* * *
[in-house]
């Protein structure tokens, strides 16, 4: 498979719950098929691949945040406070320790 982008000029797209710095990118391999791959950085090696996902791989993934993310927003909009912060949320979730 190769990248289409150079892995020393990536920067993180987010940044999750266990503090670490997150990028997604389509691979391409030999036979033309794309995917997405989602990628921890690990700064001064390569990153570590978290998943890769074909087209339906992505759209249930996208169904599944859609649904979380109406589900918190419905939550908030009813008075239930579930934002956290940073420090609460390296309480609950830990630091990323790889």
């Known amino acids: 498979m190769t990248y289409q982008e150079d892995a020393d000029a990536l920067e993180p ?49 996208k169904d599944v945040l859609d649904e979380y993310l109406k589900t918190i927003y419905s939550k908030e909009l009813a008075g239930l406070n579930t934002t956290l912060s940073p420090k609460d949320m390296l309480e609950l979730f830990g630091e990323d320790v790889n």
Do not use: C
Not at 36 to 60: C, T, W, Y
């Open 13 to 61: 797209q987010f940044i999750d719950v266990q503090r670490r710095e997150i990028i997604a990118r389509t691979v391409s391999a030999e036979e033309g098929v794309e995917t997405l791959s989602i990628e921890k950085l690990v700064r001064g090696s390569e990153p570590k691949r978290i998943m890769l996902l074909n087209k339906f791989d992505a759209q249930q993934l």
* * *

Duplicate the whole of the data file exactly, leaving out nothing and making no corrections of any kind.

[in-house]
């Protein structure tokens, strides 16, 4: 498979719950098929691949945040406070320790 982008000029797209710095990118391999791959950085090696996902791989993934993310927003909009912060949320979730 190769990248289409150079892995020393990536920067993180987010940044999750266990503090670490997150990028997604389509691979391409030999036979033309794309995917997405989602990628921890690990700064001064390569990153570590978290998943890769074909087209339906992505759209249930996208169904599944859609649904979380109406589900918190419905939550908030009813008075239930579930934002956290940073420090609460390296309480609950830990630091990323790889």
């Known amino acids: 498979m190769t990248y289409q982008e150079d892995a020393d000029a990536l920067e993180p ?49 996208k169904d599944v945040l859609d649904e979380y993310l109406k589900t918190i927003y419905s939550k908030e909009l009813a008075g239930l406070n579930t934002t956290l912060s940073p420090k609460d949320m390296l309480e609950l979730f830990g630091e990323d320790v790889n």
Do not use: C
Not at 36 to 60: C, T, W, Y
């Open 13 to 61: 797209q987010f940044i999750d719950v266990q503090r670490r710095e997150i990028i997604a990118r389509t691979v391409s391999a030999e036979e033309g098929v794309e995917t997405l791959s989602i990628e921890k950085l690990v700064r001064g090696s390569e990153p570590k691949r978290i998943m890769l996902l074909n087209k339906f791989d992505a759209q249930q993934l």